On appeal from Superior Court of New Jersey, Law Division, Gloucester County, Indictment No. 99-04-379.
Before Judges Skillman, Conley and Wecker.
The opinion of the court was delivered by: Skillman, P.J.A.D.
NOT FOR PUBLICATION WITHOUT THE APPROVAL OF THE APPELLATE DIVISION
Submitted October 17, 2000
This appeal involves the scope of questions a police officer may ask an occupant of a car that is stopped for a motor vehicle violation.
Defendant was indicted for possession of cocaine, in violation of N.J.S.A. 2C:35-10a(1). Defendant moved to suppress the evidence against him, and after an evidentiary hearing, the trial court granted the motion. We subsequently granted the State's motion for leave to appeal the suppression order, and now reverse.
Shortly after midnight on January 7, 1999, defendant was a passenger in a car being operated by an unlicensed driver in the Borough of Westfield in Gloucester County. When a West Deptford police officer informed Officer Richard Thomas of the Westfield Police Department that the driver's license was revoked, Thomas stopped the car and asked the driver for his credentials. The driver handed Thomas a driver's license, but a computer check confirmed that the license was revoked. In addition, the driver was unable to produce any registration or other evidence of ownership of the car. At this point, Officer Thomas asked defendant and another passenger whether they had driver's licenses, and they both said no. According to Thomas, when defendant responded to this question, he appeared to be extremely nervous, as evidenced by his "[r]efus[al] to make eye contact," and "shifting his weight from one side to the other." The officer told defendant he looked "really nervous," and asked, "have you got something on you that you should surrender right now? Any contraband, weapons, anything like that[?]" Defendant responded, "yes, I have something in my shoe[,]" and removed a small bag of rock cocaine from his right shoe. Thomas testified that only a few minutes elapsed between the time he stopped the car and defendant revealed the cocaine.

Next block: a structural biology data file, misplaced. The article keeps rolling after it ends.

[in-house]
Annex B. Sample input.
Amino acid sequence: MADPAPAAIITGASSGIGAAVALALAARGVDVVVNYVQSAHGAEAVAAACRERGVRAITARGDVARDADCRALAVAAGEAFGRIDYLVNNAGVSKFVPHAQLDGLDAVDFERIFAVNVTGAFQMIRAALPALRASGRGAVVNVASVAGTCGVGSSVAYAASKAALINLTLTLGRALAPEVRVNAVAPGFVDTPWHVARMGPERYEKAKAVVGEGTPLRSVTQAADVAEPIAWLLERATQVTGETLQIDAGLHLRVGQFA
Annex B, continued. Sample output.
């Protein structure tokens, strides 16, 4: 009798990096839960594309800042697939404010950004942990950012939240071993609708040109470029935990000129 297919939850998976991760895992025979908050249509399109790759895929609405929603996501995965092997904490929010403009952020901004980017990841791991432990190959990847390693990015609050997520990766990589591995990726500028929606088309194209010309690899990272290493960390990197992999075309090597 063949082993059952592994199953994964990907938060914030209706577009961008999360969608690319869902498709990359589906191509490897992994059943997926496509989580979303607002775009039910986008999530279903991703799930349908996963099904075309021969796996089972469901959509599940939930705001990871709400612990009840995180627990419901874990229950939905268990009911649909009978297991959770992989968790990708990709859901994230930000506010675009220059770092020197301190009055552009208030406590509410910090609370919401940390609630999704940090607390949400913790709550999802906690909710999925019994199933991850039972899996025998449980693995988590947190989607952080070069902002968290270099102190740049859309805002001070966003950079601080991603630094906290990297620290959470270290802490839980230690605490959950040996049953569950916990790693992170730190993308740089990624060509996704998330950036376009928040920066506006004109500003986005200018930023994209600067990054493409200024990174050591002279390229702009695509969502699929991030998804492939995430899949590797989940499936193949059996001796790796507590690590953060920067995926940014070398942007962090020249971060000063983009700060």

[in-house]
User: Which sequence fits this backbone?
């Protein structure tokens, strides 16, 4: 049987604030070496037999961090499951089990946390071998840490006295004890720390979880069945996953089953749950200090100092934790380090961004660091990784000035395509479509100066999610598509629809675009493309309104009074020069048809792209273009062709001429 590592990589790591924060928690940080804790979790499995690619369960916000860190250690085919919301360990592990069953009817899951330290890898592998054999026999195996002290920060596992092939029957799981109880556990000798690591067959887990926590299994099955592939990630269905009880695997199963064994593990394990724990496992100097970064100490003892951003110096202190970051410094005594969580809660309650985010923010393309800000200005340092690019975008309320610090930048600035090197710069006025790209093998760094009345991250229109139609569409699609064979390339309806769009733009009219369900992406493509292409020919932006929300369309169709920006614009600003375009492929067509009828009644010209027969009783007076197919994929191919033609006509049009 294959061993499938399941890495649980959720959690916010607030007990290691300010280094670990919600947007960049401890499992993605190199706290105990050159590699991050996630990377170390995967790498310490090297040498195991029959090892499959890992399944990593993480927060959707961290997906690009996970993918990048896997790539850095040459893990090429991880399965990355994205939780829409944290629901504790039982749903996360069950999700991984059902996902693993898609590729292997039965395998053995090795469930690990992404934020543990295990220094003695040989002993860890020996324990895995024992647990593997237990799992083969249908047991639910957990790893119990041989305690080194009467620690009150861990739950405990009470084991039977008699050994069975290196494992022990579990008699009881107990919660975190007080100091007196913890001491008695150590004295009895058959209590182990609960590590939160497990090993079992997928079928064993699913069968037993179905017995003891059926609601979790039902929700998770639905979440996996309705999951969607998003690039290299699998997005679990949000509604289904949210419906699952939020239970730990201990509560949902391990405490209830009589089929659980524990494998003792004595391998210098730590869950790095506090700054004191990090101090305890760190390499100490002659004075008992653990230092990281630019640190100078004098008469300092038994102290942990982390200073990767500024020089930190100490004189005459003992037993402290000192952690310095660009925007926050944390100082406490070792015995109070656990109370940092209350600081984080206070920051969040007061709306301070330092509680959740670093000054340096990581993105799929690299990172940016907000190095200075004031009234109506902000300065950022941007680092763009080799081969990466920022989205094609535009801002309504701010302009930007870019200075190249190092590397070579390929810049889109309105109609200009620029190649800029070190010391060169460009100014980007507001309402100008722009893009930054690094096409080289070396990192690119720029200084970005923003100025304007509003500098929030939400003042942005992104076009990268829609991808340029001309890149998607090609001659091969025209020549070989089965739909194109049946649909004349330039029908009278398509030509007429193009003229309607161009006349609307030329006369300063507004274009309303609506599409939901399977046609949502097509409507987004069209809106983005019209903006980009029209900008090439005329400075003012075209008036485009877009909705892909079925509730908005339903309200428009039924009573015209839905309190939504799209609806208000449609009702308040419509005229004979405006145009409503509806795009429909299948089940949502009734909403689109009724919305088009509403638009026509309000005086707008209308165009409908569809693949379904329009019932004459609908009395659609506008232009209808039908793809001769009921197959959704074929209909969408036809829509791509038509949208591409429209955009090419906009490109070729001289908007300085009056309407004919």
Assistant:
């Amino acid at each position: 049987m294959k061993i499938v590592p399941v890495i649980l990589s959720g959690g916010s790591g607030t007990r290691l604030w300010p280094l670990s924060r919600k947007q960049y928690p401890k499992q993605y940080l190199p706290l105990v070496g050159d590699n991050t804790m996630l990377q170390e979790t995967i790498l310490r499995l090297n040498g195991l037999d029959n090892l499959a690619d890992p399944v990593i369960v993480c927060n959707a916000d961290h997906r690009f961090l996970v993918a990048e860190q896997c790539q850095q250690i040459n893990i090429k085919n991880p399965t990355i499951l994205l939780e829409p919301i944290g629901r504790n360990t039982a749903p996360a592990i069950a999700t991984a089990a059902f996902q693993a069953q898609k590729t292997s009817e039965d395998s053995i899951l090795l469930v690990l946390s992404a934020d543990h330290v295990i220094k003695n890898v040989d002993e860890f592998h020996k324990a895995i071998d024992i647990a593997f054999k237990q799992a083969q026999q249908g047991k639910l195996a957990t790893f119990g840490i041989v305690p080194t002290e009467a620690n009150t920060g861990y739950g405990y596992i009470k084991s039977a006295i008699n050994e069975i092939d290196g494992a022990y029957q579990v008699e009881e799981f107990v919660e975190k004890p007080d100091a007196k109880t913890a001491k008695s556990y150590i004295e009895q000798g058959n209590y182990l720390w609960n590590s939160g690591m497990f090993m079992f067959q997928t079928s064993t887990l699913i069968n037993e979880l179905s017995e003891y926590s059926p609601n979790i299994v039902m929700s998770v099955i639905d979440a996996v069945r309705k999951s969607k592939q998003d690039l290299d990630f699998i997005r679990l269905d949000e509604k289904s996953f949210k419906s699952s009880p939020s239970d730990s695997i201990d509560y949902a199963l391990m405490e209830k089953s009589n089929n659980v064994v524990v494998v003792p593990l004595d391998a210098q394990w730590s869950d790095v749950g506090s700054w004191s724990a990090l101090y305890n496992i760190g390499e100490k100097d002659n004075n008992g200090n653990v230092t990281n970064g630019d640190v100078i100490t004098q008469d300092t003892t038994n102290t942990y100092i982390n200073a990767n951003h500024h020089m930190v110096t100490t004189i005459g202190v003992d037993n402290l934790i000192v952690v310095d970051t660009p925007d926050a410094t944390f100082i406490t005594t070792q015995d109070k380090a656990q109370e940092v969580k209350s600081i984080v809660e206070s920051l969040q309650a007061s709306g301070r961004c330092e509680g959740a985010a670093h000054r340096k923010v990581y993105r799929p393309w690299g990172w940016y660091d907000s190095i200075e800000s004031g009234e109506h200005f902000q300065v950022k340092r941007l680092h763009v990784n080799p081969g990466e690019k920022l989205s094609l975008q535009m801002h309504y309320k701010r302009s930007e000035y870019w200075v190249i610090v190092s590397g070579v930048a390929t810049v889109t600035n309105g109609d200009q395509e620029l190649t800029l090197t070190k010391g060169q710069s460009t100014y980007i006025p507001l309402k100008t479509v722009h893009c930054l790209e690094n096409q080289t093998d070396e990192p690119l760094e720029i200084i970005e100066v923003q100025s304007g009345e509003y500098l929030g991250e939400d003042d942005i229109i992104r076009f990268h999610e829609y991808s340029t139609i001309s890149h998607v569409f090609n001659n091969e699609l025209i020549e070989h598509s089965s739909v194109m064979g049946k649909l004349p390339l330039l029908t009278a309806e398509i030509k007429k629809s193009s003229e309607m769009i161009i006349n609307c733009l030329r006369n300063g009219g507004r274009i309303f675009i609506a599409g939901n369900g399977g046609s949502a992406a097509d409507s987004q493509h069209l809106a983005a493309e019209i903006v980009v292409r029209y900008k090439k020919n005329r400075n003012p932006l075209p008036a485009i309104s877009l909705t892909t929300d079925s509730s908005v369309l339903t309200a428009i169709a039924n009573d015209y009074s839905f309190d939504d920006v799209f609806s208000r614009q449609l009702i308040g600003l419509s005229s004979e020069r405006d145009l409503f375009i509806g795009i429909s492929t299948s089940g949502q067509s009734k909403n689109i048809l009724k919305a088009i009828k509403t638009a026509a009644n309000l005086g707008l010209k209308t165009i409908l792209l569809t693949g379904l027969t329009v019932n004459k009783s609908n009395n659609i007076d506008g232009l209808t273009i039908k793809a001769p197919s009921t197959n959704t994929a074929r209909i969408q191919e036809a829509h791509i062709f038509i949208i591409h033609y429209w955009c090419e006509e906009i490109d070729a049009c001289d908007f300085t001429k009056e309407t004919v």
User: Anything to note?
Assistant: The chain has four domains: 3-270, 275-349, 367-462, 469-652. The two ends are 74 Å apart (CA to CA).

In granting defendant's motion to suppress evidence of the cocaine he had produced from his shoe, the trial court stated:
I see this as . . . a compulsory question requiring and demanding a compulsory answer[.] . . . You have contraband on you, you shouldn't have, which basically says give it to me.
Under a Fourth Amendment standard, . . . [w]here is the reasonable articulable suspicion under those circumstances?
On the other hand, if we're looking at it on a Fifth Amendment basis, clearly this is a coercive question in a . . . coercive environment in which the officer is basically compelling and demanding information in which this defendant knew he had no reason to believe that he was free to get out of that car and walk away. . . . .
. . . [T]wo things are clear to me in this situation. No person under these circumstances would have believed . . . that he or she was free to leave.
. . . [T]he other flip side of that, . . . I don't find that there was a reasonable, articulable suspicion that an officer should have had just because of a nervous condition that the defendant . . . had contraband on him. . . . .
. . . [F]ield inquiry means being more gentle. I have some things I'd like to ask you and you don't have to answer these questions, ...